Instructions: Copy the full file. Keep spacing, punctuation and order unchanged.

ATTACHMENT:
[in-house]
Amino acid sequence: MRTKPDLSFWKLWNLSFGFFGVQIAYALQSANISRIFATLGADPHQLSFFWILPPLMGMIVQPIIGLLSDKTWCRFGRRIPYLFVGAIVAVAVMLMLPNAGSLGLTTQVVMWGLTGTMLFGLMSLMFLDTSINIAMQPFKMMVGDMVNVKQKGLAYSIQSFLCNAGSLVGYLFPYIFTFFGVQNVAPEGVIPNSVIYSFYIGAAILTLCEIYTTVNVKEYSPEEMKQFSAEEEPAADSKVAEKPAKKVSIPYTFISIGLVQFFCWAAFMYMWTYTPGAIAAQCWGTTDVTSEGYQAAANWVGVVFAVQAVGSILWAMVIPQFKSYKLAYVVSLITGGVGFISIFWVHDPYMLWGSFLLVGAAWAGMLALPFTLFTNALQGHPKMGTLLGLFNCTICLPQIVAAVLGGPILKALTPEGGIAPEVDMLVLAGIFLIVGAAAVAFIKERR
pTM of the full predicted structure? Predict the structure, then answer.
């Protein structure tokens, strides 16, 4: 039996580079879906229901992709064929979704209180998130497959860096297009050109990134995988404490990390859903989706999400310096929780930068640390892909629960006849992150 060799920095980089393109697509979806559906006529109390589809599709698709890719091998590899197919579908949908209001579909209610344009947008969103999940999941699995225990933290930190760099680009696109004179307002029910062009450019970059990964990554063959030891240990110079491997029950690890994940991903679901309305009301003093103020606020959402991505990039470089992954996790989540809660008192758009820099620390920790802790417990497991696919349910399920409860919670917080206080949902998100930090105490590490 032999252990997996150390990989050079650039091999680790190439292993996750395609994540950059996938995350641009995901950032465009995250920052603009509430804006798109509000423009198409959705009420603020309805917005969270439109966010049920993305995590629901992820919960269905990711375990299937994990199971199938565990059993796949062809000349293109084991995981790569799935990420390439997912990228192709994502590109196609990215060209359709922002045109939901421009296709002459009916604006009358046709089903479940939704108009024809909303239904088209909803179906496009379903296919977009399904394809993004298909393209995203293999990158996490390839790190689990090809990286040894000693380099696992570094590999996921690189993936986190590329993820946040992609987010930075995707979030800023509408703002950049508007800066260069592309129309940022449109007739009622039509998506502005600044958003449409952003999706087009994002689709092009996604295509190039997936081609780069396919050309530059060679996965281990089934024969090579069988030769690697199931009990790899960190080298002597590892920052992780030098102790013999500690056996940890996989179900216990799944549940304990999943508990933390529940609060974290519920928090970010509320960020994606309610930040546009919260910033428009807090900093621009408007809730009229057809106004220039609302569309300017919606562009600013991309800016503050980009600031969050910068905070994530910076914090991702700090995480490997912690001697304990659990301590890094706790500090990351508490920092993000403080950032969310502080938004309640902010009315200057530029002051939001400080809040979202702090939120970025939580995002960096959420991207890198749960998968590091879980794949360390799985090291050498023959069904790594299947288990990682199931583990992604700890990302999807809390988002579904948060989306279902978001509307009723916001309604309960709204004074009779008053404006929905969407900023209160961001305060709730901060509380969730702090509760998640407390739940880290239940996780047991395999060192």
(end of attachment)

[in-house]
Amino acid sequence: MRTKPDLSFWKLWNLSFGFFGVQIAYALQSANISRIFATLGADPHQLSFFWILPPLMGMIVQPIIGLLSDKTWCRFGRRIPYLFVGAIVAVAVMLMLPNAGSLGLTTQVVMWGLTGTMLFGLMSLMFLDTSINIAMQPFKMMVGDMVNVKQKGLAYSIQSFLCNAGSLVGYLFPYIFTFFGVQNVAPEGVIPNSVIYSFYIGAAILTLCEIYTTVNVKEYSPEEMKQFSAEEEPAADSKVAEKPAKKVSIPYTFISIGLVQFFCWAAFMYMWTYTPGAIAAQCWGTTDVTSEGYQAAANWVGVVFAVQAVGSILWAMVIPQFKSYKLAYVVSLITGGVGFISIFWVHDPYMLWGSFLLVGAAWAGMLALPFTLFTNALQGHPKMGTLLGLFNCTICLPQIVAAVLGGPILKALTPEGGIAPEVDMLVLAGIFLIVGAAAVAFIKERR
pTM of the full predicted structure? Predict the structure, then answer.
């Protein structure tokens, strides 16, 4: 039996580079879906229901992709064929979704209180998130497959860096297009050109990134995988404490990390859903989706999400310096929780930068640390892909629960006849992150 060799920095980089393109697509979806559906006529109390589809599709698709890719091998590899197919579908949908209001579909209610344009947008969103999940999941699995225990933290930190760099680009696109004179307002029910062009450019970059990964990554063959030891240990110079491997029950690890994940991903679901309305009301003093103020606020959402991505990039470089992954996790989540809660008192758009820099620390920790802790417990497991696919349910399920409860919670917080206080949902998100930090105490590490 032999252990997996150390990989050079650039091999680790190439292993996750395609994540950059996938995350641009995901950032465009995250920052603009509430804006798109509000423009198409959705009420603020309805917005969270439109966010049920993305995590629901992820919960269905990711375990299937994990199971199938565990059993796949062809000349293109084991995981790569799935990420390439997912990228192709994502590109196609990215060209359709922002045109939901421009296709002459009916604006009358046709089903479940939704108009024809909303239904088209909803179906496009379903296919977009399904394809993004298909393209995203293999990158996490390839790190689990090809990286040894000693380099696992570094590999996921690189993936986190590329993820946040992609987010930075995707979030800023509408703002950049508007800066260069592309129309940022449109007739009622039509998506502005600044958003449409952003999706087009994002689709092009996604295509190039997936081609780069396919050309530059060679996965281990089934024969090579069988030769690697199931009990790899960190080298002597590892920052992780030098102790013999500690056996940890996989179900216990799944549940304990999943508990933390529940609060974290519920928090970010509320960020994606309610930040546009919260910033428009807090900093621009408007809730009229057809106004220039609302569309300017919606562009600013991309800016503050980009600031969050910068905070994530910076914090991702700090995480490997912690001697304990659990301590890094706790500090990351508490920092993000403080950032969310502080938004309640902010009315200057530029002051939001400080809040979202702090939120970025939580995002960096959420991207890198749960998968590091879980794949360390799985090291050498023959069904790594299947288990990682199931583990992604700890990302999807809390988002579904948060989306279902978001509307009723916001309604309960709204004074009779008053404006929905969407900023209160961001305060709730901060509380969730702090509760998640407390739940880290239940996780047991395999060192």